30 Minutes or Less
So what do you call a stoner comedy where nobody really gets stoned? I think we might finally need to come up with a new classification to handle movies like 30 Minutes or Less, which seems not to be an isolated event. It certainly feels like a stoner comedy; it’s got Danny McBride, for one, and Nick Swardson and Aziz Ansari have some cred in the genre as well. It’s neither zany nor scatological, but it’s also definitely not adult and it carries no message. What it is, though, is funny.
Nick (Jesse Eisenberg, breaking far out of the awkward-nerd typecast trap) is in his mid 20s and is still a minimum-wage pizza delivery driver in Grand Rapids, Michigan. His best friend Chet (Ansari) has gotten promoted to a full-time teaching position, and Chet’s sister Katie (Dilshad Vadsaria) — on whom Nick has a major crush — is moving off to Atlanta to climb the management ranks at a Four Seasons. All of which sort of leaves Nick’s life going nowhere.
On the other side of town, Dwayne (Danny McBride) and Travis (Nick Swardson) don’t even have a pizza delivery job. They basically live off of Dwayne’s ex-military father (Fred Ward), who won millions in the lottery and has little love for his layabout son. But they have fun in an old scrapyard, dreaming big and blowing up watermelons to pass the time. Until one day a stripper puts it into Dwayne’s head to kill his father, and puts him in contact with a guy from Detroit (Michael Peña) who will do the job for a hundred thousand dollars. If they can get that hundred grand, they can kill Dwayne’s father and get his money, with which they can open up a tanning salon as a front for a prostitution business. Of course, despite the fact that he’s always complaining about his son’s lack of initiative they can’t just ask Dwayne’s father to go in on the business in the first place because then there wouldn’t be a movie.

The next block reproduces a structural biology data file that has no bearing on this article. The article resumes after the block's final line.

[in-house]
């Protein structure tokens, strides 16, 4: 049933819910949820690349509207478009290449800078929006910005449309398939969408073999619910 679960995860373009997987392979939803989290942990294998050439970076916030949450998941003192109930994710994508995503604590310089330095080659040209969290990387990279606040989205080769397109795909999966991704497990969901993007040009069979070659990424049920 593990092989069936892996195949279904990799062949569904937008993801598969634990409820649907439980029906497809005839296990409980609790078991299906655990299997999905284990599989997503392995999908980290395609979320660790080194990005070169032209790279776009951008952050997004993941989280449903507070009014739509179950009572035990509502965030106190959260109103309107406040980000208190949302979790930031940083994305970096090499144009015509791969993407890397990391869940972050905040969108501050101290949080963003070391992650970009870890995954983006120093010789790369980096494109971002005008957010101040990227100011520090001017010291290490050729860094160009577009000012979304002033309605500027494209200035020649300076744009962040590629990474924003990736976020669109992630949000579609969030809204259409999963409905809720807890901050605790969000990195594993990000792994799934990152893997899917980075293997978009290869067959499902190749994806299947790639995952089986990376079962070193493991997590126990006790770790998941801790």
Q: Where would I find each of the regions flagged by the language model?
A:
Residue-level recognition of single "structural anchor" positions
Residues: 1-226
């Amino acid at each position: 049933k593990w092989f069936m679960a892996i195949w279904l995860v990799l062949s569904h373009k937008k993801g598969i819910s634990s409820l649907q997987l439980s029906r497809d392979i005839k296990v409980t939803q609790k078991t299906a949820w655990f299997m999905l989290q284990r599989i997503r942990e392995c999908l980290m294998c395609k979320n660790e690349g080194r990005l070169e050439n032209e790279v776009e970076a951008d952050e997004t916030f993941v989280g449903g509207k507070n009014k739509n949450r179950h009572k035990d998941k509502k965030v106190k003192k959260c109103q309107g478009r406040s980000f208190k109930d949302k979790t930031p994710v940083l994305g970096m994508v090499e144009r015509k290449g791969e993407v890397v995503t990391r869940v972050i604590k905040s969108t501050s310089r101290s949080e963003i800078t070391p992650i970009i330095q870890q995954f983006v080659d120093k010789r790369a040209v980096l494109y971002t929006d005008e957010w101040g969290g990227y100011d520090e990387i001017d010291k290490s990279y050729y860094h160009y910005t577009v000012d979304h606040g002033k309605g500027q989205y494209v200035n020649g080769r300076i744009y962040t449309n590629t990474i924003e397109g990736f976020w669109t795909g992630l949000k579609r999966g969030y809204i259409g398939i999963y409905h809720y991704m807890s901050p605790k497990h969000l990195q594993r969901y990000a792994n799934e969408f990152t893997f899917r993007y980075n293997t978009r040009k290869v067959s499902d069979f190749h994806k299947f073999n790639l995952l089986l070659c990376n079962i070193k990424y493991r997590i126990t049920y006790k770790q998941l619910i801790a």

So Dwayne and Travis order a pizza and kidnap the driver — Nick, naturally — when he shows up at the scrapyard in the middle of nowhere. They knock him out and strap one of their homemade bombs to his chest, telling him that he has ten hours to rob a bank and get them the money before the vest blows up. Hijinks, naturally, ensue.
Eisenberg and Ansari are great together, and they really pull off their characters’ arc well. McBride and Swardson also play nicely off of each other, providing most of the lowbrow stuff, which they’re both good at. And Peña just nails his part, small though it may be.
Look, is this high art? no. Is the plot airtight? no. Is it the funniest movie around? no. This is a silly comedy with a great rhythm that doesn’t have to humiliate its cast to get laughs. It’s a fluff piece that will easily provide some nice, uncomplicated laughs. It’s a stoner comedy where nobody — except maybe some people in the audience — is stoned.
Worth It: yes.
Bechdel Test: fail.